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Home • Recipe • Traditional • Rhubarb Crumble
Published by Amy
I’ve always found rhubarb to be quite an underrated vegetable (yes, it is technically a vegetable – yes, I did just Google that to check!). Underrated even though it seems like every other garden in the UK has it growing in abundance. So what do you do with all that extra rhubarb in your garden, or from your well-meaning neighbour? Make rhubarb crumble of course!
I was actually given the rhubarb used in this recipe-testing and photo-taking from the garden of one of the boys best friends. Like many gardens in the UK, they inherited their rhubarb crops when they moved into their home. And like many people with rhubarb in their gardens, they get so much that they offer up bunches of the stuff to friends, family and neighbours every year.
We always had rhubarb in our garden growing up. I remember Papa tending to it proudly, Granny forever saying we had too much (but happily churning out rhubarb crumbles by the dozen), and me and my sisters constantly being reminded that we weren’t to let the pet rabbit anywhere near it; rhubarb is not good for rabbits apparently.
As a kid though, I wasn’t a fan. I always found rhubarb to be too sour; something the boys found too, when they tried their first taste of rhubarb crumble. A bit of a contrast to a lady I know telling me about how when she was a kid: her mother would give her a stick of rhubarb and a brown bag filled with sugar – dip the rhubarb in the sugar, gnaw on the rhubarb, and repeat…job’s a good ‘un!
I can just picture the dentist’s amongst us cringing at that thought.
As a fully fledged adult now (allegedly), I do love a bit of rhubarb, especially in the form of a crumble…particularly when covered in a generous helping of custard too. And much like when I was a kid, Papa still grows masses of rhubarb, and Granny still makes rhubarb crumble by the dozen. So it is safe to say that her recipe for rhubarb crumble is one that is tried and tested!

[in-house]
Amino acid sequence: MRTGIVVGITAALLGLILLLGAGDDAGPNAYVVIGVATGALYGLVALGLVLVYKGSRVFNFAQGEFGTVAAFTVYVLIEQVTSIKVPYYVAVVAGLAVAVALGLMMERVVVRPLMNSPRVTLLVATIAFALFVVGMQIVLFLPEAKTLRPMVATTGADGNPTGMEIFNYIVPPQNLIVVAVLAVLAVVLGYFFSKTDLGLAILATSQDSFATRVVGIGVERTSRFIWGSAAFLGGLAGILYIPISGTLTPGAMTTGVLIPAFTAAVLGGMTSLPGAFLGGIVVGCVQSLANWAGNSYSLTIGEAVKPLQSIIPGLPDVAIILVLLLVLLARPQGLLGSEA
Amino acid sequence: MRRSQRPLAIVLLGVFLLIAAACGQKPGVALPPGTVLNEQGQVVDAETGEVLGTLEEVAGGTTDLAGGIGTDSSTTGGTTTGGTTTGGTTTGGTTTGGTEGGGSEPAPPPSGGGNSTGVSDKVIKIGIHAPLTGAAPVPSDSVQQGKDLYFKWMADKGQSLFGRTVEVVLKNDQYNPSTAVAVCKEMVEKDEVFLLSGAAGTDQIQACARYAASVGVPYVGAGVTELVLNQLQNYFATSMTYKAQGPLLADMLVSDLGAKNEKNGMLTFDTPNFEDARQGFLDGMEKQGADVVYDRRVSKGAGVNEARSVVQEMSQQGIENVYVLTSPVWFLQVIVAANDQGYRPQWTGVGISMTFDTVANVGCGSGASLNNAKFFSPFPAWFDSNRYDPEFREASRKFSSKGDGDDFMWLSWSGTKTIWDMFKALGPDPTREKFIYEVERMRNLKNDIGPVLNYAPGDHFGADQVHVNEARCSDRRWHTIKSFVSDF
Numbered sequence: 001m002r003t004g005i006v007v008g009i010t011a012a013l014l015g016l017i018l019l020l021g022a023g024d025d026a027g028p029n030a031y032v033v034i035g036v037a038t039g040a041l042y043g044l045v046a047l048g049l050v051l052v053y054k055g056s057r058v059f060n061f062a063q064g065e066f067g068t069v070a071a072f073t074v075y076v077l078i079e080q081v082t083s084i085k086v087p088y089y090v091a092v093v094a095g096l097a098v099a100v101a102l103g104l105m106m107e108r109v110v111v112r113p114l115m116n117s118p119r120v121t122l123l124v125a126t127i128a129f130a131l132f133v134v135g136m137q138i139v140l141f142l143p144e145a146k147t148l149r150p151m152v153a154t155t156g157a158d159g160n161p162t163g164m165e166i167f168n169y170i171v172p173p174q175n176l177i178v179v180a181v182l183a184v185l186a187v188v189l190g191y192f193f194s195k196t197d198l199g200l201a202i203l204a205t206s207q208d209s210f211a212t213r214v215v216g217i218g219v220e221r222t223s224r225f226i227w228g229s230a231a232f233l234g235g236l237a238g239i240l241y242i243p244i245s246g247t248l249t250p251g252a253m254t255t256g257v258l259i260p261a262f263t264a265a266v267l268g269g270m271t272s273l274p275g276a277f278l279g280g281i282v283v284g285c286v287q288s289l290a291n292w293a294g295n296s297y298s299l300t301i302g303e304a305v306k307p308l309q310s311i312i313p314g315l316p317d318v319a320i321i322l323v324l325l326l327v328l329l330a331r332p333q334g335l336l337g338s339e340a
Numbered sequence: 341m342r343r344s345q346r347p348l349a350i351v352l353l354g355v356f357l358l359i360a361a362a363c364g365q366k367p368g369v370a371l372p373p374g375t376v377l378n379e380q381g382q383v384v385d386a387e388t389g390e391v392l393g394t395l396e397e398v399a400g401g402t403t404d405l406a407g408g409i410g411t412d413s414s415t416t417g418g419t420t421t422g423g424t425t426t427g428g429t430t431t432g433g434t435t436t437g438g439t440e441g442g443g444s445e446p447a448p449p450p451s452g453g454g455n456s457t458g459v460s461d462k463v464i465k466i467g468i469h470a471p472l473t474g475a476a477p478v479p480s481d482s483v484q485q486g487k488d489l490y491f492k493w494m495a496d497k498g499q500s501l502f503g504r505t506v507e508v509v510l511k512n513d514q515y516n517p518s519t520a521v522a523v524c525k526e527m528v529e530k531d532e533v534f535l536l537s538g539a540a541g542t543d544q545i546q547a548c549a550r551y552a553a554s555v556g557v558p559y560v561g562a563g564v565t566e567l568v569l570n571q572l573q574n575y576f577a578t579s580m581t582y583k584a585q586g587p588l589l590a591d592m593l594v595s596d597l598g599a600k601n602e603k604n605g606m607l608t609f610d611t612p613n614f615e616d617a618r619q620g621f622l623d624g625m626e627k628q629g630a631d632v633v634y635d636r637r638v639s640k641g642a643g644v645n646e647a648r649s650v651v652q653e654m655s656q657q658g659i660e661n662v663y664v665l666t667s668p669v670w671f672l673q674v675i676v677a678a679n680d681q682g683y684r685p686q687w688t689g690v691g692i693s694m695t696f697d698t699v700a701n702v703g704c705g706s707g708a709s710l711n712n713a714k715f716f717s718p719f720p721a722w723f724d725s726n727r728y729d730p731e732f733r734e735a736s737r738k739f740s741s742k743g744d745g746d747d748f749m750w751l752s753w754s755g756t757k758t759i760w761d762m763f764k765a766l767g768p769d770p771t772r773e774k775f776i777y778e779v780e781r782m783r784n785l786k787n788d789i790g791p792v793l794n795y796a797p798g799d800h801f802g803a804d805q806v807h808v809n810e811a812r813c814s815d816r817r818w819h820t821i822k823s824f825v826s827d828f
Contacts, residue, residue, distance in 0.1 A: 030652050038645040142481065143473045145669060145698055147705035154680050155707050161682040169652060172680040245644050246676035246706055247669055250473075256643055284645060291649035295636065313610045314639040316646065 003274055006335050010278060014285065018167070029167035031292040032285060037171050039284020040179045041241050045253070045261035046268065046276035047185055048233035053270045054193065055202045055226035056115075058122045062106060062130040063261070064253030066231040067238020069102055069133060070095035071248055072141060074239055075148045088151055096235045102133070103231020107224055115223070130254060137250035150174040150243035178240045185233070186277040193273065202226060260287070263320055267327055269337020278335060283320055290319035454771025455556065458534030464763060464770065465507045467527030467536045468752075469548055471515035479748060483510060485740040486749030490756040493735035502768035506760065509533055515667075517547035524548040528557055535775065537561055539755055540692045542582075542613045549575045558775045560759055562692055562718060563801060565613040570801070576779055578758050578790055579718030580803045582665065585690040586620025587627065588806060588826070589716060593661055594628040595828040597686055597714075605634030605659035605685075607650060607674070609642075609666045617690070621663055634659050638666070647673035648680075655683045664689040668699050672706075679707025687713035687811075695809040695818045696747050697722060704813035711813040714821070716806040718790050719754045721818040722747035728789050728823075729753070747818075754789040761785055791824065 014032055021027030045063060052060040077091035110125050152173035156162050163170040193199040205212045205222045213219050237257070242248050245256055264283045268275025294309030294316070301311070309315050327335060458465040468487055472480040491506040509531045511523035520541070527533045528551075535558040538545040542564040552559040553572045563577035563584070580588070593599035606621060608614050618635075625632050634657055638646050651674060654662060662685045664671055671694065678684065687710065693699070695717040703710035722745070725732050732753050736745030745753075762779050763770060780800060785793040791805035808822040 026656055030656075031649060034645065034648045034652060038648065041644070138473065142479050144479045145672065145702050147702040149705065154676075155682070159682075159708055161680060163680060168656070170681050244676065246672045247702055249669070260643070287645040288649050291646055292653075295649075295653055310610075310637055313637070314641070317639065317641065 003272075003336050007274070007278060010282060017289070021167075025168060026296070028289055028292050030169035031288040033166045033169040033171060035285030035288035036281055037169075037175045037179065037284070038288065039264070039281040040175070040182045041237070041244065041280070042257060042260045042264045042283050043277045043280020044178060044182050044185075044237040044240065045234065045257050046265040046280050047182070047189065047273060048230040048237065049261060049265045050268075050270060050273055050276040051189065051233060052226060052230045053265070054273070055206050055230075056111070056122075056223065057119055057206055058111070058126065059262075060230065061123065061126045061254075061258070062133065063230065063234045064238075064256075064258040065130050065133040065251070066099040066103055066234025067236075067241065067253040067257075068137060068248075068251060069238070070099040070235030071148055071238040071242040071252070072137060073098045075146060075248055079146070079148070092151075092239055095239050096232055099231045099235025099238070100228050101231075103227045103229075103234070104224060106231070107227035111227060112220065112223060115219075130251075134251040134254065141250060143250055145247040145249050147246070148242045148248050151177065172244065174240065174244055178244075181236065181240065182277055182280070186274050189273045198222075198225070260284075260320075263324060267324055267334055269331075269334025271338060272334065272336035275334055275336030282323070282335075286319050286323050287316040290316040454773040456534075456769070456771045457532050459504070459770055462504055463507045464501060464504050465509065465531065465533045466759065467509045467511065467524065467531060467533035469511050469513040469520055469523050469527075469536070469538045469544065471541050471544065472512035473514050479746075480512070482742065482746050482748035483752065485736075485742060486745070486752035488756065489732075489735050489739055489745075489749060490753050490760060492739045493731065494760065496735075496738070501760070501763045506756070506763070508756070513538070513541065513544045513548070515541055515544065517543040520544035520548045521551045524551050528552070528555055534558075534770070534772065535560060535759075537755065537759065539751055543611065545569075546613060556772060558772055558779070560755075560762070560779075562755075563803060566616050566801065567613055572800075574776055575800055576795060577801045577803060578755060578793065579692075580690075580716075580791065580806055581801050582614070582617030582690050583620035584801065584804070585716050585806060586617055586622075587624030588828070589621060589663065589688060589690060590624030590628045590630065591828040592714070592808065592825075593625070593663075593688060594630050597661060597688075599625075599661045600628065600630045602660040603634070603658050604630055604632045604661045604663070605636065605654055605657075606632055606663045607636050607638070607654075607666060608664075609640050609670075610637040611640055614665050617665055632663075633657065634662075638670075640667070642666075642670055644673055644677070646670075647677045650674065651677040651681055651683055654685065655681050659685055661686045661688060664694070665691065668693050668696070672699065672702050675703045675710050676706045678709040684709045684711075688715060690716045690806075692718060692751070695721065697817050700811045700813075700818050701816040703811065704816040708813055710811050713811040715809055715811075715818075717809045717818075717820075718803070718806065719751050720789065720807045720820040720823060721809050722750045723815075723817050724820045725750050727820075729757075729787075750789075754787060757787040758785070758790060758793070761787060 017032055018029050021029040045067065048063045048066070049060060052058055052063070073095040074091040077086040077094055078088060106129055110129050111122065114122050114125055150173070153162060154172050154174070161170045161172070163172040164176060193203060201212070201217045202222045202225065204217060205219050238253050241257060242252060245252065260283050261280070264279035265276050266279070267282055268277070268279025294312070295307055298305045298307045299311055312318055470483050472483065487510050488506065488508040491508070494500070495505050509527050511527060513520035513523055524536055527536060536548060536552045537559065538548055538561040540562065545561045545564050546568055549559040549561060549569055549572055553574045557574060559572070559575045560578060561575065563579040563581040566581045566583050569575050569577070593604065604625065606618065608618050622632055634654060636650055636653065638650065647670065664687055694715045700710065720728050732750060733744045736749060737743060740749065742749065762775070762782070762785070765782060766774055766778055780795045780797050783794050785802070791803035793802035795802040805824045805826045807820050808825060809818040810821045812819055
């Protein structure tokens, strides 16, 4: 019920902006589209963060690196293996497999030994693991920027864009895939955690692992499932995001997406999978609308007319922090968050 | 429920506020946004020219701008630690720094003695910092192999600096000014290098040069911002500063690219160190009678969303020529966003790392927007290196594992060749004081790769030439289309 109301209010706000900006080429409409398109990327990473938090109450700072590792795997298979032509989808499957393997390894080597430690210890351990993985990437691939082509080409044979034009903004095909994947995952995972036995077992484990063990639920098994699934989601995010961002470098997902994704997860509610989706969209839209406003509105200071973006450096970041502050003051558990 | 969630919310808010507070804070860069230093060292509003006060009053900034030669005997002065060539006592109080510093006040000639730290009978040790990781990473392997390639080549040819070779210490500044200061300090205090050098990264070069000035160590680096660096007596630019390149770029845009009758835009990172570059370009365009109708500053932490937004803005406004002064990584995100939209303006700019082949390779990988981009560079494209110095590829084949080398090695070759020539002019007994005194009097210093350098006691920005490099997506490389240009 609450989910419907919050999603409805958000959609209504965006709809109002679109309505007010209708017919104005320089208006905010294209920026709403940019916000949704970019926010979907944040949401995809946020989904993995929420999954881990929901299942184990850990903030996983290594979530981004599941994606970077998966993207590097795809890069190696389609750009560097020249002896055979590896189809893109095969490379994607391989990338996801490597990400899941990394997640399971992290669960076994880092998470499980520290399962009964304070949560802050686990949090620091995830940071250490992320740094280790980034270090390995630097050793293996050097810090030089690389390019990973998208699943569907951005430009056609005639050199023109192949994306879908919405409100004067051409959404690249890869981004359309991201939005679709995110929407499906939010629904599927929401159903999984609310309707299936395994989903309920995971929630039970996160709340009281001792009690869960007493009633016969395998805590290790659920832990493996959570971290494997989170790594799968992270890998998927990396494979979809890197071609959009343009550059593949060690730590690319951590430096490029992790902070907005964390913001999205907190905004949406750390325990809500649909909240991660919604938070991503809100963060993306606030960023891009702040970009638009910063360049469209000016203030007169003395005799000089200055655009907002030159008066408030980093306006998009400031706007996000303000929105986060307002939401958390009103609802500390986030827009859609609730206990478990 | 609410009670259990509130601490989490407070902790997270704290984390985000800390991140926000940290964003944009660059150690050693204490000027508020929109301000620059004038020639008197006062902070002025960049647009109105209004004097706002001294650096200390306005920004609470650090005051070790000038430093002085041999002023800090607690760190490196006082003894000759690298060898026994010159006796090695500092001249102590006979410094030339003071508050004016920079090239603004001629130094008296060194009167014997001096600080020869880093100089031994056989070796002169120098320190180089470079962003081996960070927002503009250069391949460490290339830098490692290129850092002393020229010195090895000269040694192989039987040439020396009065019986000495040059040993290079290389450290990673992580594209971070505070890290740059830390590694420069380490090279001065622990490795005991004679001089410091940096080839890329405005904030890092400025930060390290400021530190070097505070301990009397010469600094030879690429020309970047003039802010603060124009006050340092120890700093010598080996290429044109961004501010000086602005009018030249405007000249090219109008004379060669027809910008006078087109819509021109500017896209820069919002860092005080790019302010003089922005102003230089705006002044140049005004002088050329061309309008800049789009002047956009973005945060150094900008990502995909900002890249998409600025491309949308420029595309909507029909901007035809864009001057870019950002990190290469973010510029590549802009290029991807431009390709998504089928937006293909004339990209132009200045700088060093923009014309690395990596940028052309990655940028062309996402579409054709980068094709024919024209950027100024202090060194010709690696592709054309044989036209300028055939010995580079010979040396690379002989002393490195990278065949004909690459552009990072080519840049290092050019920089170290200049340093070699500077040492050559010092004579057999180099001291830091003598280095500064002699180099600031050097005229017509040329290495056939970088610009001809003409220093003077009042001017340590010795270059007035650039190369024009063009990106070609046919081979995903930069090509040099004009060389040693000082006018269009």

Not only is it tried, tested and undoubtedly delicious, it’s also incredibly easy and quick to make. The ingredients are few, the effort is minimal, and in times like these it doesn’t go amiss that it is extremely affordable to make too; particularly when you use a bunch of rhubarb from yours or your kind neighbours garden.
RhubarbDifferent rhubarb varieties take on different colours, usually somewhere between a bright pink and an earthy green. The size of your rhubarb stalk can vary massively too, so in this recipe we’ve specified the quantity of rhubarb in grams. That being said, if you are around the 500g mark and still have half a stick of rhubarb left, don’t waste it; just chuck it in too. The 500g is an approximate. And if you really love rhubarb you can even add a little extra for that reason too.
Caster SugarJust because this recipe uses vegetables, that doesn’t mean it’s healthy, by any standards! You’ll use a little sugar in the filling and the rest in the crumble. Caster sugar is what Granny uses but you could always swap it out for golden caster sugar, should you prefer a slightly-less sweet, more caramel-y flavour.
Orange JuiceThe juice of a fresh orange is what is best here, added to the filling for a little moisture, as well as flavour. If you don’t have any oranges to hand, then some orange juice from a carton works well too. Or in a pinch, you can just swap out the orange juice for water.